In the early 1980s El Salvador was engulfed in a deadly civil war between the right-wing Salvadoran government and the left-wing Farabundo Martí National Liberation Front (known by its Spanish acronym FMLN). The war lasted over a decade and resulted in the deaths of over 75,000 civilians, 85% at the hands of government forces. It also caused over half a million people to be displaced. In the face of the violence and the abuse of human rights in El Salvador and aware that the U.S. government was funding and training the Salvadoran military, three American Christians with years of experience in peace-making and social justice ministry decided to respond. They were Catholic priest Peter Hinde, Quaker activist Paddy Lane, and Lutheran pastor Daniel Long.
In the fall of 1984, Long and Hinde traveled to El Salvador where they met with Salvadoran church leaders and proposed that U.S. churches work for peace by “accompanying” the people of El Salvador. Their proposal was two-fold: (1) recruiting U.S. volunteers to live in poor Salvadoran communities (which would help to protect them from government violence) and (2) organizing visits of U.S. citizens (called “delegations”) who would return home and, from a Christian perspective, counter the U.S. government’s distorted narrative about the war. Salvadoran Lutheran, Episcopal, and Emmanuel Baptist leaders joined the Catholic Archdiocese of San Salvador in approving this plan, and in 1985 the first delegation of twelve people traveled to El Salvador to take part in events commemorating the fifth anniversary of the martyrdom of Archbishop (now Saint) Óscar Romero. They represented Christian faith communities from across the U.S. and had agreed to serve as Board members of the new organization, Cristianos por la Paz en El Salvador or CRISPAZ (Christians for Peace in El Salvador). On this trip they heard a clear message from the Salvadoran individuals and communities with whom they met: “Accompany us.” This request has informed the mission of CRISPAZ ever since.
As the situation on the ground in El Salvador has changed over the years, CRISPAZ and its programs have evolved in response Hosting delegations from the U.S., Canada, and more recently Australia has remained a central feature of CRISPAZ’s work. These were originally called “Christian Education Seminars in El Salvador” (and later “El Salvador Encounter”). But over the years many long-term Volunteers have lived and worked in El Salvador in often-dangerous situations as part of the “Christian Volunteer Ministry Program.” Due to the danger, the CRISPAZ Board developed an Emergency Management Plan which called for three Board members to be ready to go to El Salvador at a moment’s notice while other Board members would advocate with government officials of both countries on behalf of endangered Volunteers. Indeed, given the repressive character of the Salvadoran government during the war years, the name “CRISPAZ” was not used, and the organization did not seek legal status in El Salvador.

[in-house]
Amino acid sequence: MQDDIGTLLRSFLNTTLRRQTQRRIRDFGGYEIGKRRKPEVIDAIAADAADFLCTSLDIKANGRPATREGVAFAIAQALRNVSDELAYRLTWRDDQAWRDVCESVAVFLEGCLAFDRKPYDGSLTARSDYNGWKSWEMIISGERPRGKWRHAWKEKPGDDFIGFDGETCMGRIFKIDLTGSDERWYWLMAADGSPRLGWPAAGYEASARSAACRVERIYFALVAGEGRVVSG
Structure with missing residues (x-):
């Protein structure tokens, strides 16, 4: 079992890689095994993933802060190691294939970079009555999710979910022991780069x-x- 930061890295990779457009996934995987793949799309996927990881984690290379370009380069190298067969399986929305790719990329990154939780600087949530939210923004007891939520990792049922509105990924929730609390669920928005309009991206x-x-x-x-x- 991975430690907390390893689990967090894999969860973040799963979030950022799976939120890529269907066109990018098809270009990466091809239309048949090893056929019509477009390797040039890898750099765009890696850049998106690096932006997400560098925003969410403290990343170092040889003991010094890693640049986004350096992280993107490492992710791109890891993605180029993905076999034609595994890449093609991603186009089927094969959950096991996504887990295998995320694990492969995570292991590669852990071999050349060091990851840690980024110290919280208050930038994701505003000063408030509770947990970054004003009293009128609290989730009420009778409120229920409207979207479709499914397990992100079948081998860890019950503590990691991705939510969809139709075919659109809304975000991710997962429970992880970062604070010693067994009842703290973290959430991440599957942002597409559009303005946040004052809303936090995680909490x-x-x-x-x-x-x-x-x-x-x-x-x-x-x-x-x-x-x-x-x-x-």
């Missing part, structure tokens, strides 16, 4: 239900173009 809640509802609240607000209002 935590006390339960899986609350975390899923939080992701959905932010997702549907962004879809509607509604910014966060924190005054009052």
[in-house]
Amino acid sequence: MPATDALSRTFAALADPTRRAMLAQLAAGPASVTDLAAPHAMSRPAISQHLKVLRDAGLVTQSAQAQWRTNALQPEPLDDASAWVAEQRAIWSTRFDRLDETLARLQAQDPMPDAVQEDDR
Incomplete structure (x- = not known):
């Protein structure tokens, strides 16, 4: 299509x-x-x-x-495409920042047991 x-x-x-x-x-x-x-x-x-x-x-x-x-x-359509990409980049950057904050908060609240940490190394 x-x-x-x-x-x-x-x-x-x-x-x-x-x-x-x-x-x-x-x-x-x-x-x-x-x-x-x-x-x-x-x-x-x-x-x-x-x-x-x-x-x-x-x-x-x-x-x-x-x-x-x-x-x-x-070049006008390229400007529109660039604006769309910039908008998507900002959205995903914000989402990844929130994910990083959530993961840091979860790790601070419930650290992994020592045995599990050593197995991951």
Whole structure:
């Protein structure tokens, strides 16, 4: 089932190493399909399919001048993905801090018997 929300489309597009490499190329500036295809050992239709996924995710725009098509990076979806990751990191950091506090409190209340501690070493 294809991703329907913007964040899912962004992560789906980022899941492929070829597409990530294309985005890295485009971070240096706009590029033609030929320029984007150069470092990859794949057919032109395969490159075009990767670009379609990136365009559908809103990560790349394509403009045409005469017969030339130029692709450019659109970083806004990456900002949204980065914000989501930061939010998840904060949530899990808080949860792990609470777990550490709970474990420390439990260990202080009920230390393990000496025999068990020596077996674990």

Eventually, partner organizations in El Salvador requested Volunteers with specific skills, and CRISPAZ responded by requiring Volunteers to be appropriately qualified and to commit to a minimum of 15 months’ service. In 1998 CRISPAZ launched a Summer Immersion Program to provide an intensive service-learning experience in rural Salvadoran communities. More intensive orientation and training in cultural adaptation were also provided. CRISPAZ also formed liaisons with the Fundación Óscar Romero (sponsored by the Universidad Centroamericana and the Archdiocese of San Salvador) and undertook an internship program with Santa Clara University in California.
In addition to sponsoring Volunteers (who often accompanied Salvadorans returning to their homes from refugee camps in Honduras) and arranging visits by North American delegations, CRISPAZ made a commitment to enhance communication between Salvadorans and North Americans through various publications. The monthly Salvanet (started by Dan Long and Suzy Prenger) provided analysis and commentary to U.S. readers. The monthly Salvador Chronicle (created by Linda Garrett) published news articles related to human rights gathered from the Salvadoran media. Volunteers themselves were encouraged to create blogs which detailed their experiences. In addition, people associated with CRISPAZ have published accounts of their experiences in full-length books. For example, in 1990, CRISPAZ co-published Scott Wright’s El Salvador: A Spring Whose Waters Never Run Dry, a collection of reflections about El Salvador by past and present Volunteers and Staff, and in 2006 Larry Rosebaugh recounted some of his experiences accompanying the displaced in his book To Wisdom Through Failure. As another form of communication CRISPAZ encouraged the creation of artisan cooperatives whose crafts were carried by Board members for sale in the U.S. And in 2009 CRISPAZ initiated an annual Peace Award to “recognize individuals or organizations that embody the preferential option for the poor in their work for the promotion of peace and social justice.” Not only does this award honor recipients but it also helps to publicize the work of CRISPAZ.
Over the years CRISPAZ has maintained central offices in both the U.S. (at different times in San Antonio, Cincinnati, Boston, and currently Louisville) and in San Salvador. In the face of the pandemic of 2020, CRISPAZ was forced to make serious adjustments. These included giving special attention to overall financial security, closing the office in San Salvador (which included the unfortunate termination of several long-term Staff members), and finding new ways to carry out our mission. Executive Director Francisco Mena Ugarte, Development Director Stanley DeVoogd and Staff members Andreína Barrientos and Rafael Garcilazo responded by designing a creative virtual immersion experience for groups unable to travel to El Salvador. This has proved highly successful.